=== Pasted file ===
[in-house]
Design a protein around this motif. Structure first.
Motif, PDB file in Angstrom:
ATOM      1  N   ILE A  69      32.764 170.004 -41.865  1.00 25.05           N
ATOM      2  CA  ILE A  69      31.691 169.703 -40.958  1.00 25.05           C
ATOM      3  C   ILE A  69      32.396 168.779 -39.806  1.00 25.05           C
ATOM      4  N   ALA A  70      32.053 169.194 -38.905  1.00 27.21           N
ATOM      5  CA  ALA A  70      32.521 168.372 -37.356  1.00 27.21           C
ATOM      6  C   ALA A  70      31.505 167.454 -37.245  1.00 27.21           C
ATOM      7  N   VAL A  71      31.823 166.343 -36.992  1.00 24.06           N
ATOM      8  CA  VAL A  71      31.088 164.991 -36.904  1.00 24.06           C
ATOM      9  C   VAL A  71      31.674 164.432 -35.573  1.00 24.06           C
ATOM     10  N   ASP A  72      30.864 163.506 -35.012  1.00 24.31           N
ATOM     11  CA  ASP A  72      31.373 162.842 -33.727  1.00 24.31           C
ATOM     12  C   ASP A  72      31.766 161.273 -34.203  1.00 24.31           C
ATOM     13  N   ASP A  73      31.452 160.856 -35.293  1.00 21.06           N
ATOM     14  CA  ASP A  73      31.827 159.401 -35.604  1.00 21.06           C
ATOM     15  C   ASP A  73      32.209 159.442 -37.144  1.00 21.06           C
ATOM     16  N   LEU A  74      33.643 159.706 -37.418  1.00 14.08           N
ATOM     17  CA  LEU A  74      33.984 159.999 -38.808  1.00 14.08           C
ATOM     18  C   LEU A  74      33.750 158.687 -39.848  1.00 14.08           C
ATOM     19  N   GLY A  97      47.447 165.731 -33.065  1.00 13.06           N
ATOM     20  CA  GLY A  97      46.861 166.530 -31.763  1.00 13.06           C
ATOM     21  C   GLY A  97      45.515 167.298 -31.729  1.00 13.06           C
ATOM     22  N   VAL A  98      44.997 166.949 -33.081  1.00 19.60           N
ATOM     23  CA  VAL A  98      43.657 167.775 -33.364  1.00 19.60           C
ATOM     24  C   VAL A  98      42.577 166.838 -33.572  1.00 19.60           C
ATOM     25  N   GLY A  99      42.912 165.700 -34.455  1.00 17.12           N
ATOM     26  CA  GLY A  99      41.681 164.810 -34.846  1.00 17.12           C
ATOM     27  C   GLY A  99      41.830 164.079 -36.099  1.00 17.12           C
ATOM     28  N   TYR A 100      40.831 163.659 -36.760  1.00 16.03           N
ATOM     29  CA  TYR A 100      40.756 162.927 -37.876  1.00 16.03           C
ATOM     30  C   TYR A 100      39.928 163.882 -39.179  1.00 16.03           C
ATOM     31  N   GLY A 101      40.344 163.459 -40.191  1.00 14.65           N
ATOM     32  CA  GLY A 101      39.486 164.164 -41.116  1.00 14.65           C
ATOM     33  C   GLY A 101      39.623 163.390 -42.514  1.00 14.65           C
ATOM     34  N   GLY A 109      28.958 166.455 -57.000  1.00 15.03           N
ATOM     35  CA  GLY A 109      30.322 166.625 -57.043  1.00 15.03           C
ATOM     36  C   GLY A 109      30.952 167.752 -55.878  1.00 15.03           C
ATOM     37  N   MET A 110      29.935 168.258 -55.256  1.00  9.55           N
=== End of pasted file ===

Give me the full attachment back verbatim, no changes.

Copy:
[in-house]
Design a protein around this motif. Structure first.
Motif, PDB file in Angstrom:
ATOM      1  N   ILE A  69      32.764 170.004 -41.865  1.00 25.05           N
ATOM      2  CA  ILE A  69      31.691 169.703 -40.958  1.00 25.05           C
ATOM      3  C   ILE A  69      32.396 168.779 -39.806  1.00 25.05           C
ATOM      4  N   ALA A  70      32.053 169.194 -38.905  1.00 27.21           N
ATOM      5  CA  ALA A  70      32.521 168.372 -37.356  1.00 27.21           C
ATOM      6  C   ALA A  70      31.505 167.454 -37.245  1.00 27.21           C
ATOM      7  N   VAL A  71      31.823 166.343 -36.992  1.00 24.06           N
ATOM      8  CA  VAL A  71      31.088 164.991 -36.904  1.00 24.06           C
ATOM      9  C   VAL A  71      31.674 164.432 -35.573  1.00 24.06           C
ATOM     10  N   ASP A  72      30.864 163.506 -35.012  1.00 24.31           N
ATOM     11  CA  ASP A  72      31.373 162.842 -33.727  1.00 24.31           C
ATOM     12  C   ASP A  72      31.766 161.273 -34.203  1.00 24.31           C
ATOM     13  N   ASP A  73      31.452 160.856 -35.293  1.00 21.06           N
ATOM     14  CA  ASP A  73      31.827 159.401 -35.604  1.00 21.06           C
ATOM     15  C   ASP A  73      32.209 159.442 -37.144  1.00 21.06           C
ATOM     16  N   LEU A  74      33.643 159.706 -37.418  1.00 14.08           N
ATOM     17  CA  LEU A  74      33.984 159.999 -38.808  1.00 14.08           C
ATOM     18  C   LEU A  74      33.750 158.687 -39.848  1.00 14.08           C
ATOM     19  N   GLY A  97      47.447 165.731 -33.065  1.00 13.06           N
ATOM     20  CA  GLY A  97      46.861 166.530 -31.763  1.00 13.06           C
ATOM     21  C   GLY A  97      45.515 167.298 -31.729  1.00 13.06           C
ATOM     22  N   VAL A  98      44.997 166.949 -33.081  1.00 19.60           N
ATOM     23  CA  VAL A  98      43.657 167.775 -33.364  1.00 19.60           C
ATOM     24  C   VAL A  98      42.577 166.838 -33.572  1.00 19.60           C
ATOM     25  N   GLY A  99      42.912 165.700 -34.455  1.00 17.12           N
ATOM     26  CA  GLY A  99      41.681 164.810 -34.846  1.00 17.12           C
ATOM     27  C   GLY A  99      41.830 164.079 -36.099  1.00 17.12           C
ATOM     28  N   TYR A 100      40.831 163.659 -36.760  1.00 16.03           N
ATOM     29  CA  TYR A 100      40.756 162.927 -37.876  1.00 16.03           C
ATOM     30  C   TYR A 100      39.928 163.882 -39.179  1.00 16.03           C
ATOM     31  N   GLY A 101      40.344 163.459 -40.191  1.00 14.65           N
ATOM     32  CA  GLY A 101      39.486 164.164 -41.116  1.00 14.65           C
ATOM     33  C   GLY A 101      39.623 163.390 -42.514  1.00 14.65           C
ATOM     34  N   GLY A 109      28.958 166.455 -57.000  1.00 15.03           N
ATOM     35  CA  GLY A 109      30.322 166.625 -57.043  1.00 15.03           C
ATOM     36  C   GLY A 109      30.952 167.752 -55.878  1.00 15.03           C
ATOM     37  N   MET A 110      29.935 168.258 -55.256  1.00  9.55           N